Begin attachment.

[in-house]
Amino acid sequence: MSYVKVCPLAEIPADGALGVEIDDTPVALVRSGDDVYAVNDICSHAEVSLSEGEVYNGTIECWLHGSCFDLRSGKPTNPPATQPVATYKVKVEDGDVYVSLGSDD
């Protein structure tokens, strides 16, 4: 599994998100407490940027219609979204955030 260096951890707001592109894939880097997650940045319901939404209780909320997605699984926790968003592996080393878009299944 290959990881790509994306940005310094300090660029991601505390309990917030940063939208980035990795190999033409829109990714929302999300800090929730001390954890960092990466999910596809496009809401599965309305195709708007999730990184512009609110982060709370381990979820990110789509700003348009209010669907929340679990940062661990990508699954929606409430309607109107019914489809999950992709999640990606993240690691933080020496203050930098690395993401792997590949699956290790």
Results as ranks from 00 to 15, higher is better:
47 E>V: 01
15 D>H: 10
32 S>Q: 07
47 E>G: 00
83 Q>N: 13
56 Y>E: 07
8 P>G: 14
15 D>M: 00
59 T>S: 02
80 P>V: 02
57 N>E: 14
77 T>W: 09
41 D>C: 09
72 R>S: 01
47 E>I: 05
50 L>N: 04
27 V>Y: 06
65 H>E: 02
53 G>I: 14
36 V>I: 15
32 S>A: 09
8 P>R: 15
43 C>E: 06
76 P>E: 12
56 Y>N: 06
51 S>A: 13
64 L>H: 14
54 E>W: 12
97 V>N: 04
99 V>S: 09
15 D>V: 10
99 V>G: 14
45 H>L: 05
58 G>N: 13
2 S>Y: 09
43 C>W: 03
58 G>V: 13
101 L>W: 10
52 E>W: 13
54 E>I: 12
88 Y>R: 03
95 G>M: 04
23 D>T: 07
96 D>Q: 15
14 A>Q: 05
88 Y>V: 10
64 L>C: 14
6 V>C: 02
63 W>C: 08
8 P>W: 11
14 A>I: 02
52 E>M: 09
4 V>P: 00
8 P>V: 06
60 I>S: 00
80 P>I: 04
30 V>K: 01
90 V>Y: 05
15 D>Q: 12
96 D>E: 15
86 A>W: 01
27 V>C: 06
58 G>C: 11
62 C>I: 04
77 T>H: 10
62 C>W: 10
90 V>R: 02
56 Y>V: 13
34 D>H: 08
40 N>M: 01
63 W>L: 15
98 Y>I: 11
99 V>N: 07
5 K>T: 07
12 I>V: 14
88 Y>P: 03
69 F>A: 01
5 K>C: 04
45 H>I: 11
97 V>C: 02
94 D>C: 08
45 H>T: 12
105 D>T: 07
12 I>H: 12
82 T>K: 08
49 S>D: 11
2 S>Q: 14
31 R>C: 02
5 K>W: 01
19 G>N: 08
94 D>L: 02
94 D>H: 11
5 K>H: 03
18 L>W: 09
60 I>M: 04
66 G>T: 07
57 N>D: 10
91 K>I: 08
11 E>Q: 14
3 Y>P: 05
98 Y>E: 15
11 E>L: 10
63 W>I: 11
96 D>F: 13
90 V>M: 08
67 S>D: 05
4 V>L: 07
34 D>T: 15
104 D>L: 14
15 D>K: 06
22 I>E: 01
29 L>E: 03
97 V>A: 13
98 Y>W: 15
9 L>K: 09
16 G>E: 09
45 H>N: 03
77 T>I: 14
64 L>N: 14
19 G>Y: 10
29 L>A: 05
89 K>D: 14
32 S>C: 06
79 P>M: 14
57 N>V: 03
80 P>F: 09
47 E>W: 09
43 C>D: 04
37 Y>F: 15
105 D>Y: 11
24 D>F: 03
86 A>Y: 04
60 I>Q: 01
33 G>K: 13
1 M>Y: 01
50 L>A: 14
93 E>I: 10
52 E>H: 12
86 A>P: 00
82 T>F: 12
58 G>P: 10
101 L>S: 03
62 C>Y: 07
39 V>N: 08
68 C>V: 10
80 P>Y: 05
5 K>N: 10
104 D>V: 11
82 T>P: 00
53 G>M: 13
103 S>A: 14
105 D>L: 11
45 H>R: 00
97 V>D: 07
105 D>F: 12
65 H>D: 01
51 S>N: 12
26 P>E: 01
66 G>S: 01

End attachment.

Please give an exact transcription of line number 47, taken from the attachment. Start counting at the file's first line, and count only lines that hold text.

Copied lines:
23 D>T: 07